by Tess Gerritsen
(I’m staring into the jaws of a deadline — my book’s due TODAY!!! — so this will be a short entry. And if you’re wondering how my adventure in Hollywood went, check out the photos from the set of “Rizzoli”, over on my own website, to see what it’s like hanging out with the film crew.)
Like many authors, I get asked a lot of questions. Sometimes it’s an emailed interview. Sometimes it’s at a bookstore or library presentation, when I invite the audience to ask me anything. For the most part, I enjoy answering those questions. But there are a few that I’d be happy to never hear again. And here they are:
What’s your normal writing day like?
I know that everyone probably thinks this is a perfectly straightforward, inoffensive little question, and it is. But I often get the feeling that people ask it only because they feel that someone should ask it, if only out of politeness. Like so many questions asked for that reason, the answer is seldom interesting. At least, my answer is. Does anyone really want to know that I start off my day with breakfast and coffee? That I sit down at my desk and turn out four pages? That I break for lunch and end at dinner? The truth is, a writer’s job, for the most part, pretty much involves just sitting in a chair. And when you ask me that question, you force me to confess just how boring my day really is.
Who’s your favorite writer?
This question makes me squirm every time, because I never know how to answer it. If I name specific names, it means leaving someone out and possibly hurting feelings. My favorite authors change, depending on whose books I’ve read lately. And after a lifetime of being a reader, I find that my favorite-favorite books, the ones that forever hold a cherished place in my heart, are books from my youth It’s the same phenomenon that makes us remember childhood fruits as the sweetest and childhood winters the coldest. But it feels so dorky to admit that, no matter how many glorious new novels I’ve read this year, nothing will ever beat The Hobbit.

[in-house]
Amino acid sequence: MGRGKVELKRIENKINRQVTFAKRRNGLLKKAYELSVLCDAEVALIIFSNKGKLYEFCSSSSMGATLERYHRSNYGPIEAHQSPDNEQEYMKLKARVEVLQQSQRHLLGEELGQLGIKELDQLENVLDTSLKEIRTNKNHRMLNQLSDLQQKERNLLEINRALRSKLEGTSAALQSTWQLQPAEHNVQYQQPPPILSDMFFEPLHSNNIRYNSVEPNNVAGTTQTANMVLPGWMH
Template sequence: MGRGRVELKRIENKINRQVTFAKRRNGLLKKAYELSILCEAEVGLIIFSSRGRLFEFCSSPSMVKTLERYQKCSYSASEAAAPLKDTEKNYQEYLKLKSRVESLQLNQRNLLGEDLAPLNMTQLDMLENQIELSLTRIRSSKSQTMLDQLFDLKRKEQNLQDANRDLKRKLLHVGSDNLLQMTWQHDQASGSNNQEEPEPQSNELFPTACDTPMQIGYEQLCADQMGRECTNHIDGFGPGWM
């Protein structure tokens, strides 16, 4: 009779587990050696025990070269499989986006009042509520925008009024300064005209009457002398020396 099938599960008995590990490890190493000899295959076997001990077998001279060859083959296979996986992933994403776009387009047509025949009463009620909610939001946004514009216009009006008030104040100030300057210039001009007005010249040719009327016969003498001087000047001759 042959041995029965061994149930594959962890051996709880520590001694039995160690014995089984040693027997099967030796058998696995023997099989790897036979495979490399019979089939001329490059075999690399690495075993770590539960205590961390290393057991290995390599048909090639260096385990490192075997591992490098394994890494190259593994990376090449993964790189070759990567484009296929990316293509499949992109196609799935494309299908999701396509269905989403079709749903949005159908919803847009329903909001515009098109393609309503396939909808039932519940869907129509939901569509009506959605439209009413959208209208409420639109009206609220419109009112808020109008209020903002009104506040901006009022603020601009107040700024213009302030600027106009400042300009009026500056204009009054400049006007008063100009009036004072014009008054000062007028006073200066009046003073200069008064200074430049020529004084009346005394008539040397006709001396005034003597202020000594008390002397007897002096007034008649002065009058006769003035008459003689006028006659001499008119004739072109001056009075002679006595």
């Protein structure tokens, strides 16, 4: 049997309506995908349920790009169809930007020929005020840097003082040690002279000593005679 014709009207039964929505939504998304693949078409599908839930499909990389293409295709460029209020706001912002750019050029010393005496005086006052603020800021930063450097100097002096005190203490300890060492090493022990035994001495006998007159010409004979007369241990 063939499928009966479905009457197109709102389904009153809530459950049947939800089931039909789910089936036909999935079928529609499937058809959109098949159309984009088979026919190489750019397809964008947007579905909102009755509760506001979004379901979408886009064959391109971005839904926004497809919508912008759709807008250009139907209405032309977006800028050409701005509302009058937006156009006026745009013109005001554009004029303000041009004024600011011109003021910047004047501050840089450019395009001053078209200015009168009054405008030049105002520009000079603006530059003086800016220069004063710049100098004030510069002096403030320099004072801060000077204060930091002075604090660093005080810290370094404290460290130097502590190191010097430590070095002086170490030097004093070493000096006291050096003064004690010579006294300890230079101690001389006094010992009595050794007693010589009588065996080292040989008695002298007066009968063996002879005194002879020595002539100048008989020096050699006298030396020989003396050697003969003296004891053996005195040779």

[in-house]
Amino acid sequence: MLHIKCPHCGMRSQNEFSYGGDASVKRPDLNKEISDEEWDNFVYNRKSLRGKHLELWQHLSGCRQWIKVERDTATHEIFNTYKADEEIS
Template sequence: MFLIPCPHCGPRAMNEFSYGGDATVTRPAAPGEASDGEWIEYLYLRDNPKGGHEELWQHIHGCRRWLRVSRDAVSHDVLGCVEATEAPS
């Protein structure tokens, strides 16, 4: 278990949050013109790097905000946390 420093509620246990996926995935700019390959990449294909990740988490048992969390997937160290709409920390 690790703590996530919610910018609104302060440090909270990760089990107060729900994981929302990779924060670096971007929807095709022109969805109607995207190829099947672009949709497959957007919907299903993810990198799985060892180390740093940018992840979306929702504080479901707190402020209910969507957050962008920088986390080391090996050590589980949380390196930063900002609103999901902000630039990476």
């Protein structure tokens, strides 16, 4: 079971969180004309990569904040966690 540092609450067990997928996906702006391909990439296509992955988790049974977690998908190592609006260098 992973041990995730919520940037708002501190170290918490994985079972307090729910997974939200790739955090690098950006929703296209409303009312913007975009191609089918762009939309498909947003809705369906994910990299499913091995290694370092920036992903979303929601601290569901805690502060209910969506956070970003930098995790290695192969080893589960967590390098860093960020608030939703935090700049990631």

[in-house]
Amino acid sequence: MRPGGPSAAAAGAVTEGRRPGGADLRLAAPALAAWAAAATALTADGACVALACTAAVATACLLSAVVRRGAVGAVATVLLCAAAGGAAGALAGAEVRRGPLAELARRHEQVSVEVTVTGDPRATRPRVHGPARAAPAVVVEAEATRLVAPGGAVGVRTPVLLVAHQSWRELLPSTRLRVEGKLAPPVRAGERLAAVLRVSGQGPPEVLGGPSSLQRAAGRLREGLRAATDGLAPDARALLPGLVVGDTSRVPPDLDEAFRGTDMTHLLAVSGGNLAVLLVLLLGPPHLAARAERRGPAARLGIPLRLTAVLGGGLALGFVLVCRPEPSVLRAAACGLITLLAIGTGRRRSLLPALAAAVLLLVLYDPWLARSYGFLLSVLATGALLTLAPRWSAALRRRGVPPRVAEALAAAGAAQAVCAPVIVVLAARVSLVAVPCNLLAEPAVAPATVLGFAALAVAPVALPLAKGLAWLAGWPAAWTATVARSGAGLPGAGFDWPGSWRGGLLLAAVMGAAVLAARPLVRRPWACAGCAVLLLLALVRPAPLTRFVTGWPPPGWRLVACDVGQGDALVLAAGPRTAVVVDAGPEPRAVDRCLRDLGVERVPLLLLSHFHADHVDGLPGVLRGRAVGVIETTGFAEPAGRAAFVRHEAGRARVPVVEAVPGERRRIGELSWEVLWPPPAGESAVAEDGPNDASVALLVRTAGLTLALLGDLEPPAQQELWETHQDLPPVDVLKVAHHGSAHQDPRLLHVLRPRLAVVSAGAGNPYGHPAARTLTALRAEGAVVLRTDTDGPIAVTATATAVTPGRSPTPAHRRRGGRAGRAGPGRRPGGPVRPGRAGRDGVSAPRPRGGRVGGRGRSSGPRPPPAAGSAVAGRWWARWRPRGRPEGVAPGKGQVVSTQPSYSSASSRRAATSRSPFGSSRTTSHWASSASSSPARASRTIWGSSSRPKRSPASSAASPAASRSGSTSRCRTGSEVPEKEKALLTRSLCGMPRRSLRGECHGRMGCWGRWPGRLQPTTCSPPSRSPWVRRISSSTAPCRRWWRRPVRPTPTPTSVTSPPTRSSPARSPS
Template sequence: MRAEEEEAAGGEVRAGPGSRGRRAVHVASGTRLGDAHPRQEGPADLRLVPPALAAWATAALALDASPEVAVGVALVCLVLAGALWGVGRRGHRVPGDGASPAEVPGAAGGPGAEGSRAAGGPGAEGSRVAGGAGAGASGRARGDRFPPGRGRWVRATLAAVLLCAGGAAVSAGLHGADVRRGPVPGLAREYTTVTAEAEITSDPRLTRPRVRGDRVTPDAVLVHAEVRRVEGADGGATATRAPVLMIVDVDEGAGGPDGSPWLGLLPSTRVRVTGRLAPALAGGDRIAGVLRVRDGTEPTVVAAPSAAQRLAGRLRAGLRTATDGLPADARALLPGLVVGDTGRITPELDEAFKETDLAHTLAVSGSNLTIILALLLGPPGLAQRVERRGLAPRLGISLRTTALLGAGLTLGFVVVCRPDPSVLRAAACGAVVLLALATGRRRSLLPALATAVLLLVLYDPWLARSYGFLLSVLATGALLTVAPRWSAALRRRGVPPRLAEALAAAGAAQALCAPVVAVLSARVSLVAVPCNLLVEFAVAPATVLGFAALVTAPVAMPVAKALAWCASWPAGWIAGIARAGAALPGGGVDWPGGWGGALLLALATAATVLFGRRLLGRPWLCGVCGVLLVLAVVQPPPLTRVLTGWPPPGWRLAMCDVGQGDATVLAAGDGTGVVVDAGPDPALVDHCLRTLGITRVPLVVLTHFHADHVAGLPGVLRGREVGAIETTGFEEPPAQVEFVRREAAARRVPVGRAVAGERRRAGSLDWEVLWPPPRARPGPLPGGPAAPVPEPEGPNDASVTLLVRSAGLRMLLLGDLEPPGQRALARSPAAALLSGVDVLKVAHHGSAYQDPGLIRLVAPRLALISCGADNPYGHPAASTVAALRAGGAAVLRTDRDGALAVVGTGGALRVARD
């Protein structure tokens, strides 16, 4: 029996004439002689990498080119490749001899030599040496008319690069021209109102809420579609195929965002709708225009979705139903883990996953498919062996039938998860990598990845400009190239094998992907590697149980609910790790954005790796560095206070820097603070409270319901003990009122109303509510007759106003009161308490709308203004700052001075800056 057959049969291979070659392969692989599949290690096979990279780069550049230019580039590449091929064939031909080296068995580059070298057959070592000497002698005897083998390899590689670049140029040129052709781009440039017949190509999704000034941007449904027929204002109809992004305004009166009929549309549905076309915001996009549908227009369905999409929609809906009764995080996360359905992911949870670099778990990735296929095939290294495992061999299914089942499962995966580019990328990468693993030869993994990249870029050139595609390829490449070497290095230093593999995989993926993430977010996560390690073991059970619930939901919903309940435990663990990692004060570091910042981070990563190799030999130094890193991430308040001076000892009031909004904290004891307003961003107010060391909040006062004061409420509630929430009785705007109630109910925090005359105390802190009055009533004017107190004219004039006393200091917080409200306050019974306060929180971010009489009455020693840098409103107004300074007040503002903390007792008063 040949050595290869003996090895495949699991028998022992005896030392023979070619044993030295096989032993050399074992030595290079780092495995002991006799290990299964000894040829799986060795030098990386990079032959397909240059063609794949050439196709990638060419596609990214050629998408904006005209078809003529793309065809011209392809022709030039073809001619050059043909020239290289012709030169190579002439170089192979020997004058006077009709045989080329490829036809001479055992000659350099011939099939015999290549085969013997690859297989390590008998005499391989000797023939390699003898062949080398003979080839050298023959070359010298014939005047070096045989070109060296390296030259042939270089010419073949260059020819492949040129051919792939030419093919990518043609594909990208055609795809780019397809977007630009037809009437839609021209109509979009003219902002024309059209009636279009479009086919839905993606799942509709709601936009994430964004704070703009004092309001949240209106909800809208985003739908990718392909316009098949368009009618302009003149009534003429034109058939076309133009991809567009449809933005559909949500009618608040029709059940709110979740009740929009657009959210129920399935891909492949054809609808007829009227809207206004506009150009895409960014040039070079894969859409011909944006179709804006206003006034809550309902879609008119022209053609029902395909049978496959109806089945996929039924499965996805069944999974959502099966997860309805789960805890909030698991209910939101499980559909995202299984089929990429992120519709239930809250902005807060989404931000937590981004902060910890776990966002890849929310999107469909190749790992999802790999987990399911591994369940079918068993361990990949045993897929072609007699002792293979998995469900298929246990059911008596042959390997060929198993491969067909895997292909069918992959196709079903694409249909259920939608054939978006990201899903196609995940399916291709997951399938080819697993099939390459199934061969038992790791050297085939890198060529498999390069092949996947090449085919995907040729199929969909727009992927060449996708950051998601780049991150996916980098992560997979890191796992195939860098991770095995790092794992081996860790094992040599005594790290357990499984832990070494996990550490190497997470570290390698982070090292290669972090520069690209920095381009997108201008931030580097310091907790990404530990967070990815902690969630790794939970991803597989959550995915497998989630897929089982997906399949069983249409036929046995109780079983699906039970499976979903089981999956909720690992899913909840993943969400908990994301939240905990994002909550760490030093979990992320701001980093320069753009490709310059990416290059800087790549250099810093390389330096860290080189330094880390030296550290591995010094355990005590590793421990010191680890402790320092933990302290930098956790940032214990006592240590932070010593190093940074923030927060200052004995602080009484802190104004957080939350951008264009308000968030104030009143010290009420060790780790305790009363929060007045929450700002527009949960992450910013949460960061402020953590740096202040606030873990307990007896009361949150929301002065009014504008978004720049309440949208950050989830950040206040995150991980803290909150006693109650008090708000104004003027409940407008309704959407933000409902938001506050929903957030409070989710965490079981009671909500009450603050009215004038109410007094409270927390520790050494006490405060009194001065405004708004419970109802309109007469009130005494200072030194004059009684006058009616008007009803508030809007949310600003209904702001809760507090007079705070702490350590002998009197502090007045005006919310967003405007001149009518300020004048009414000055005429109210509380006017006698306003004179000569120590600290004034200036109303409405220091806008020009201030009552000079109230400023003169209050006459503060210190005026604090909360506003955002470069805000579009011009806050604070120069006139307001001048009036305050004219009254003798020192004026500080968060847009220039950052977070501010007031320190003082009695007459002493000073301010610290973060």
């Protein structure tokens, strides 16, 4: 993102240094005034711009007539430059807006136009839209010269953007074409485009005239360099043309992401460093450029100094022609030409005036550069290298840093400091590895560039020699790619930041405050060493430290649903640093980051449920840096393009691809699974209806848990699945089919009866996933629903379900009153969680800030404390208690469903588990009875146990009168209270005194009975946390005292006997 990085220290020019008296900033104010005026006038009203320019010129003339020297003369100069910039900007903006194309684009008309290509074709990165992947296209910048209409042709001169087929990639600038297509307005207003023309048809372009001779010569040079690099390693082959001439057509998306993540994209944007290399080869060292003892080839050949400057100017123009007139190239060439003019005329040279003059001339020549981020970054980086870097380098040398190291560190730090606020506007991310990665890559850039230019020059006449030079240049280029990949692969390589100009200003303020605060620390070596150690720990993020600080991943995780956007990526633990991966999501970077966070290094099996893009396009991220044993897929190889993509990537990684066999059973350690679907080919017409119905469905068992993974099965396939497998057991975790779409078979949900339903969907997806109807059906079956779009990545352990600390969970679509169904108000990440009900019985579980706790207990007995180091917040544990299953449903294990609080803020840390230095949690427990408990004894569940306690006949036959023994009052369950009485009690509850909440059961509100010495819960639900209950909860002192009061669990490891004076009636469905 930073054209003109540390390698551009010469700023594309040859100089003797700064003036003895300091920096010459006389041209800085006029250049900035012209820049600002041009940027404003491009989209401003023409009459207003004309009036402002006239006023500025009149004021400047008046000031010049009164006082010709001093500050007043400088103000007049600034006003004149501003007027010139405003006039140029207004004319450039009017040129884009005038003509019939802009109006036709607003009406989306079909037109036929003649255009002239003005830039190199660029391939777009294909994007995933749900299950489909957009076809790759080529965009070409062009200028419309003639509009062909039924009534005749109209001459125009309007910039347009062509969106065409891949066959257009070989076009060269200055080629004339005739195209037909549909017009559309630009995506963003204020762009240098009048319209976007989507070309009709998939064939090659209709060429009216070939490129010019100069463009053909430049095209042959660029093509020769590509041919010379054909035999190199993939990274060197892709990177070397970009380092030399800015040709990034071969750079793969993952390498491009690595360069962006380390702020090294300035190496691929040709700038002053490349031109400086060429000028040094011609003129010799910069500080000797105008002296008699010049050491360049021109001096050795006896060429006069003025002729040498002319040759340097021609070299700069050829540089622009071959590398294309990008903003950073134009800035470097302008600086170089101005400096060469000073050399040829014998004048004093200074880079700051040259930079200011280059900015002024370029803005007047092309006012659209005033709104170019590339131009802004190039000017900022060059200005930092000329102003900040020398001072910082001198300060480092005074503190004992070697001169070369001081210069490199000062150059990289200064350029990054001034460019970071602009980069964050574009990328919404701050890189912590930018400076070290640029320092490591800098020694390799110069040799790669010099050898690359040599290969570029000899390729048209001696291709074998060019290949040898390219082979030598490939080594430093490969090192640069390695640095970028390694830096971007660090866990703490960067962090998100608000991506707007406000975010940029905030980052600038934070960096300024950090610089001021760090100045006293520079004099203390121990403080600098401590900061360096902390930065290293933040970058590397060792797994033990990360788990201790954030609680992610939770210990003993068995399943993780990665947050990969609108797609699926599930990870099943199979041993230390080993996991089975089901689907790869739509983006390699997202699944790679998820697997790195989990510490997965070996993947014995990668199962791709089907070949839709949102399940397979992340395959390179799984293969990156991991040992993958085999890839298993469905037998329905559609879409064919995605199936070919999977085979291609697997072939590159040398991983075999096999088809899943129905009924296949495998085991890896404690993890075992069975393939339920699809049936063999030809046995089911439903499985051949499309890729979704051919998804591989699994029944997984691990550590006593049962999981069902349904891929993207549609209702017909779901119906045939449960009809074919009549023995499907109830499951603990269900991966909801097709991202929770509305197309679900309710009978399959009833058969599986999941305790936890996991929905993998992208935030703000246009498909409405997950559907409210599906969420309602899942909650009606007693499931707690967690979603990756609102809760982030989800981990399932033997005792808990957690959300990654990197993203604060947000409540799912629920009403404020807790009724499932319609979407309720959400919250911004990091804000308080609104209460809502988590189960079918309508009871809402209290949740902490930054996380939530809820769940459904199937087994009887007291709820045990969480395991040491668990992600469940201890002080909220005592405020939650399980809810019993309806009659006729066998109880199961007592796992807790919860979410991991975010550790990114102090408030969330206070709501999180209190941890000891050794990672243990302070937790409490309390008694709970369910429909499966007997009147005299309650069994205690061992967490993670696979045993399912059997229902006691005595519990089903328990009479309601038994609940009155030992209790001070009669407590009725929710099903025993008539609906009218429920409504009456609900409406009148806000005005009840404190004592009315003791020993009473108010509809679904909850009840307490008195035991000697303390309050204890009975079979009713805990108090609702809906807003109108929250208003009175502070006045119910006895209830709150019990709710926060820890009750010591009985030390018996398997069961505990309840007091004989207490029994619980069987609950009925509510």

Do your children read your books?
Again, another seemingly unobtrusive question. But ah, it’s one that makes me wince just a little. Because no, my grown sons do not read my books. They’re really not interested in reading my books — a sad fact of life that I suspect may be true for other writers as well. Because let’s face it, we’re just Mom or Dad. What could we possibly do that would make us cool? I remember reading an interview with Billy Joel, who sighed that his own kid doesn’t bother to listen to his music. Because it’s just Dad’s stuff, so it can’t be a big deal, can it?
Which of your own books is your favorite?
I can tell you which of my books sold the most copies. I can tell you which ones got starred reviews. But which one do I love the most? That question ties me in knots, because it means choosing from among my twenty one titles. I have heard authors say that the books that gave them the most trouble often turn out to be their favorites, and there’s some truth to that. I sweated hardest over Gravity and The Bone Garden — and both would be among my favorites. But they weren’t my biggest bestsellers. They’re just the books that stuck with me the longest. Probably because they caused me the most agony.
Do you know Stephen King?
Everyone who lives in Maine gets asked that question. Because only about seventeen people live in this entire state, so of course we all know each other.
I’m sure other authors have heard questions that made them sigh inwardly. How about it, writers? Are there any questions you’d like never to be asked again?